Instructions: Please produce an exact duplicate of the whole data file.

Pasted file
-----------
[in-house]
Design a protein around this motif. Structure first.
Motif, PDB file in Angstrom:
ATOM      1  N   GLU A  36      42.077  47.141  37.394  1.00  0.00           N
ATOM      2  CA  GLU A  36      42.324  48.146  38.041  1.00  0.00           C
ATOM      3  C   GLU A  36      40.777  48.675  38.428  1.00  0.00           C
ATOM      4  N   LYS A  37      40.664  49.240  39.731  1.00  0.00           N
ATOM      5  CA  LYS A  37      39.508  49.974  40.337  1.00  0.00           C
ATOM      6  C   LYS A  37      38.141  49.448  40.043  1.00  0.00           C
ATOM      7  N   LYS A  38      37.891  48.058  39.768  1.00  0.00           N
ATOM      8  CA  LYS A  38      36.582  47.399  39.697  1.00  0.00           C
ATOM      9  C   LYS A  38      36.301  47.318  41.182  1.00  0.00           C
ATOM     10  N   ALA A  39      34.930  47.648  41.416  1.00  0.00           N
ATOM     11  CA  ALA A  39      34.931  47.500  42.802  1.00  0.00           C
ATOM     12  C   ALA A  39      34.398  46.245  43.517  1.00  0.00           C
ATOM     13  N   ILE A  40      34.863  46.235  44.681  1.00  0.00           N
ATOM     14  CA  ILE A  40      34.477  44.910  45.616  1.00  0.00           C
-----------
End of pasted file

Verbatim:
[in-house]
Design a protein around this motif. Structure first.
Motif, PDB file in Angstrom:
ATOM      1  N   GLU A  36      42.077  47.141  37.394  1.00  0.00           N
ATOM      2  CA  GLU A  36      42.324  48.146  38.041  1.00  0.00           C
ATOM      3  C   GLU A  36      40.777  48.675  38.428  1.00  0.00           C
ATOM      4  N   LYS A  37      40.664  49.240  39.731  1.00  0.00           N
ATOM      5  CA  LYS A  37      39.508  49.974  40.337  1.00  0.00           C
ATOM      6  C   LYS A  37      38.141  49.448  40.043  1.00  0.00           C
ATOM      7  N   LYS A  38      37.891  48.058  39.768  1.00  0.00           N
ATOM      8  CA  LYS A  38      36.582  47.399  39.697  1.00  0.00           C
ATOM      9  C   LYS A  38      36.301  47.318  41.182  1.00  0.00           C
ATOM     10  N   ALA A  39      34.930  47.648  41.416  1.00  0.00           N
ATOM     11  CA  ALA A  39      34.931  47.500  42.802  1.00  0.00           C
ATOM     12  C   ALA A  39      34.398  46.245  43.517  1.00  0.00           C
ATOM     13  N   ILE A  40      34.863  46.235  44.681  1.00  0.00           N
ATOM     14  CA  ILE A  40      34.477  44.910  45.616  1.00  0.00           C